• Drinks – offer water to drink, it’s much more healthy than anything else.Juice can be given, but it’s a good idea if you can dilute it and only offer a small cup a day
  • Exercise – most toddlers keep themselves pretty busy in terms of exercise, continue to encourage this and get them walking whenever the opportunity arises

Toddler meals should not have to be especially prepared in advance as by now they should be eating the same food as the family. You may have to make a few minor changes such as adding a few more colourful veggies to the plate or hiding some vegetables in sauce or soup.

Although fresh is best, don’t be put off giving your child frozen or tinned fruit and vegetables. It’s better than not offering any at all. Lean meats, fish, pulses, cheese and eggs are all good sources of protein. All can be given as finger foods on their own or to compliment a nutritious meal.

Carbohydrates are usually very popular with children. Potatoes, rice, pasta and bread are all good sources of energy and nutrition for growing children.

Foods with a high saturated fat and sugar content should be avoided as they provide little nutritional value and will encourage unhealthy eating habits in your child. Toddler food that is high in sugar may also encourage undesirable behaviour in your child. Wholemeal flour, rice and bread are good energy sources and will keep the blood sugar levels stable if eaten with a healthy diet

Dental health will also be affected for the worse if your child is eating a diet high in sugar.

Oils – best to cook with olive oil, sunflower oil, vegetable oil and avoid butter or lard.

Exercise – half and hour a day is the minimum recommended. This shouldn’t be too hard for most toddlers.

Healthy toddler food is easy to prepare and doesn’t have to be expensive. There are plenty of meal planners on the internet if you get stuck for ideas. Make life easy for yourself and encourage all the family to eat the same foods.Toddler food should not be very different to any family food so try not to fuss over them too much. Above all it should be an enjoyable experience teaching them the importance of food in our society.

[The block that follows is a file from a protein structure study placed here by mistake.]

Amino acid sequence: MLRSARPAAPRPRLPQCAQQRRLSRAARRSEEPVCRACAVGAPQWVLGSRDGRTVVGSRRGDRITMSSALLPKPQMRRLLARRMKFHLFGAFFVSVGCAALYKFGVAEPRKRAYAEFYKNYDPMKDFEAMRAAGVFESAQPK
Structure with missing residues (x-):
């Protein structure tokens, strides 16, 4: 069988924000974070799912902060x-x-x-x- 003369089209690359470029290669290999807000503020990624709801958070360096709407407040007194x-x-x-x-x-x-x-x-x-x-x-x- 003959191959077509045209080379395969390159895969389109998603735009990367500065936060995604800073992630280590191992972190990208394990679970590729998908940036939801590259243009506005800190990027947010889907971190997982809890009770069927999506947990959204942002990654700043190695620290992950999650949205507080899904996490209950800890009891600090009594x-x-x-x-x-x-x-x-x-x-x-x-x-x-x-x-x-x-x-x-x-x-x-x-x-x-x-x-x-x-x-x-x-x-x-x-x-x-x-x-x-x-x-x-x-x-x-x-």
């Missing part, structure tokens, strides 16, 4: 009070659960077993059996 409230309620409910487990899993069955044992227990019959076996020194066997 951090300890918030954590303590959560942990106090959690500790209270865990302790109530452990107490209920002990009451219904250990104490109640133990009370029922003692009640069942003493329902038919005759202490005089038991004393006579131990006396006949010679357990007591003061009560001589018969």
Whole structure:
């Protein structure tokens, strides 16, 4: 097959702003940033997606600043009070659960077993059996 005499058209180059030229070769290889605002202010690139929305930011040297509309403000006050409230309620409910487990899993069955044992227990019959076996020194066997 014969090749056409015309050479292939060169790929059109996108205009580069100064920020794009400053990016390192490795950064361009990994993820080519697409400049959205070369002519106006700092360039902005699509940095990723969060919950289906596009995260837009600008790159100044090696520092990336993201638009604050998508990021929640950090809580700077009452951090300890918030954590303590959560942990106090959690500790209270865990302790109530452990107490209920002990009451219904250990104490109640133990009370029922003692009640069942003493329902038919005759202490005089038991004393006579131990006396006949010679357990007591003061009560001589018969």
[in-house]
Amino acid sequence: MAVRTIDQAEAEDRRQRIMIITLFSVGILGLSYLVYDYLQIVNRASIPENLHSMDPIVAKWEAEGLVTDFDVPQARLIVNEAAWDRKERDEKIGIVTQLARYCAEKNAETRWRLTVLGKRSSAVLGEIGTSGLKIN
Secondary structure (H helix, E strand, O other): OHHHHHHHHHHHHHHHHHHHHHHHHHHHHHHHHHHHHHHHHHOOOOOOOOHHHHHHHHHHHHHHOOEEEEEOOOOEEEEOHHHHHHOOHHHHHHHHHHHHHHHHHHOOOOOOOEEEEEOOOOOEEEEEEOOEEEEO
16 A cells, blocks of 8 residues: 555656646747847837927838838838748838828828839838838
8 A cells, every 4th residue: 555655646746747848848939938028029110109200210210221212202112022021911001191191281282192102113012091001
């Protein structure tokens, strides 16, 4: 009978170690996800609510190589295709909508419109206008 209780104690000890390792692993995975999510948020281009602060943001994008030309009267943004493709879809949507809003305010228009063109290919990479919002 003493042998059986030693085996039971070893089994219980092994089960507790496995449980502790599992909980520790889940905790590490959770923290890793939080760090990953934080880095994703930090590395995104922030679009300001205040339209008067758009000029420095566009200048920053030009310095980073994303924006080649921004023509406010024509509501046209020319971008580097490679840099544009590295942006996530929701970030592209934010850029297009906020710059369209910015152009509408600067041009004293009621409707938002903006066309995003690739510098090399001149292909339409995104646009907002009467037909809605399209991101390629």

Disclaimer

Note: The guide is not meant to be fully comprehensive and is meant for information only. The author makes no guarantee, either expressed or implied, regarding the efficacy or use for any reason of the information contained within this article.

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    • samnashy profile imageAUTHOR

      Sam Graham 

      6 years ago from Australia

      Thanks. It's so true. My kids would always eat food at kindergarten and Daycare they would touch at home. I'm glad you are having fun with your boys, it's a great age.

    • iheartkafka profile image

      iheartkafka 

      6 years ago

      You offer some great tips here! I have 15 month twin boys, and I totally agree with offering the protein first. They love carbs (who doesn't?!), but will only eat meat if they are really hungry.

      I also think it's a great idea to share. My husband and I laugh because if we give the boys vegetables in their high chairs, they are quickly tossed to the floor. However, if WE are snacking on veggies while the twins are playing, they are eager to come up for a sample.

      Great hub!